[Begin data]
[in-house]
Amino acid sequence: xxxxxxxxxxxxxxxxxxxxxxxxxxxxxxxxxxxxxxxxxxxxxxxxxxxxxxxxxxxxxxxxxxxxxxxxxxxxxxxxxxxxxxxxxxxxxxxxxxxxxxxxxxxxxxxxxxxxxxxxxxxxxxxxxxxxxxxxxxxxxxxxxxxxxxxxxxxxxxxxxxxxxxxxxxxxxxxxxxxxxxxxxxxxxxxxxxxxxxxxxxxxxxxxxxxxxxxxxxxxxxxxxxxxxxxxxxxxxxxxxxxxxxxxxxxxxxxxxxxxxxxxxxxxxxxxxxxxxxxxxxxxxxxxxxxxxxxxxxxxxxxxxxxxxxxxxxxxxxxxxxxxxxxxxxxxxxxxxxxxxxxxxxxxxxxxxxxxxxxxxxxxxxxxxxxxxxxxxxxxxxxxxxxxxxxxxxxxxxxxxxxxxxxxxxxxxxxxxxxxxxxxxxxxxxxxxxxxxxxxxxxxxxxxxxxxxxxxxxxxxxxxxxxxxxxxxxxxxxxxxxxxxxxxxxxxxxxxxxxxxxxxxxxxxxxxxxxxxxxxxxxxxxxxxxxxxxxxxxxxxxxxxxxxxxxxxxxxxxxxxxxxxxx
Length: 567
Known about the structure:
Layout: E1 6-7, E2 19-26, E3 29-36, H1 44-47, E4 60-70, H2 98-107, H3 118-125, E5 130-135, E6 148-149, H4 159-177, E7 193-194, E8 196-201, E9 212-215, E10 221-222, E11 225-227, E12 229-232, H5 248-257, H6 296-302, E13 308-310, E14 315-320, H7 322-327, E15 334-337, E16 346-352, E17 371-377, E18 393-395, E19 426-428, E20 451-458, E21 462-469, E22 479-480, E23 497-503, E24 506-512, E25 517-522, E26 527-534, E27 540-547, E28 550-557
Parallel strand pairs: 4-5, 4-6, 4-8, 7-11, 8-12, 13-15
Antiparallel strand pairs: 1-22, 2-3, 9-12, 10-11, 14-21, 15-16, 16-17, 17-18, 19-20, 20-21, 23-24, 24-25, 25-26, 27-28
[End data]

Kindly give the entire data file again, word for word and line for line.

[in-house]
Amino acid sequence: xxxxxxxxxxxxxxxxxxxxxxxxxxxxxxxxxxxxxxxxxxxxxxxxxxxxxxxxxxxxxxxxxxxxxxxxxxxxxxxxxxxxxxxxxxxxxxxxxxxxxxxxxxxxxxxxxxxxxxxxxxxxxxxxxxxxxxxxxxxxxxxxxxxxxxxxxxxxxxxxxxxxxxxxxxxxxxxxxxxxxxxxxxxxxxxxxxxxxxxxxxxxxxxxxxxxxxxxxxxxxxxxxxxxxxxxxxxxxxxxxxxxxxxxxxxxxxxxxxxxxxxxxxxxxxxxxxxxxxxxxxxxxxxxxxxxxxxxxxxxxxxxxxxxxxxxxxxxxxxxxxxxxxxxxxxxxxxxxxxxxxxxxxxxxxxxxxxxxxxxxxxxxxxxxxxxxxxxxxxxxxxxxxxxxxxxxxxxxxxxxxxxxxxxxxxxxxxxxxxxxxxxxxxxxxxxxxxxxxxxxxxxxxxxxxxxxxxxxxxxxxxxxxxxxxxxxxxxxxxxxxxxxxxxxxxxxxxxxxxxxxxxxxxxxxxxxxxxxxxxxxxxxxxxxxxxxxxxxxxxxxxxxxxxxxxxxxxxxxxxxxxxxxx
Length: 567
Known about the structure:
Layout: E1 6-7, E2 19-26, E3 29-36, H1 44-47, E4 60-70, H2 98-107, H3 118-125, E5 130-135, E6 148-149, H4 159-177, E7 193-194, E8 196-201, E9 212-215, E10 221-222, E11 225-227, E12 229-232, H5 248-257, H6 296-302, E13 308-310, E14 315-320, H7 322-327, E15 334-337, E16 346-352, E17 371-377, E18 393-395, E19 426-428, E20 451-458, E21 462-469, E22 479-480, E23 497-503, E24 506-512, E25 517-522, E26 527-534, E27 540-547, E28 550-557
Parallel strand pairs: 4-5, 4-6, 4-8, 7-11, 8-12, 13-15
Antiparallel strand pairs: 1-22, 2-3, 9-12, 10-11, 14-21, 15-16, 16-17, 17-18, 19-20, 20-21, 23-24, 24-25, 25-26, 27-28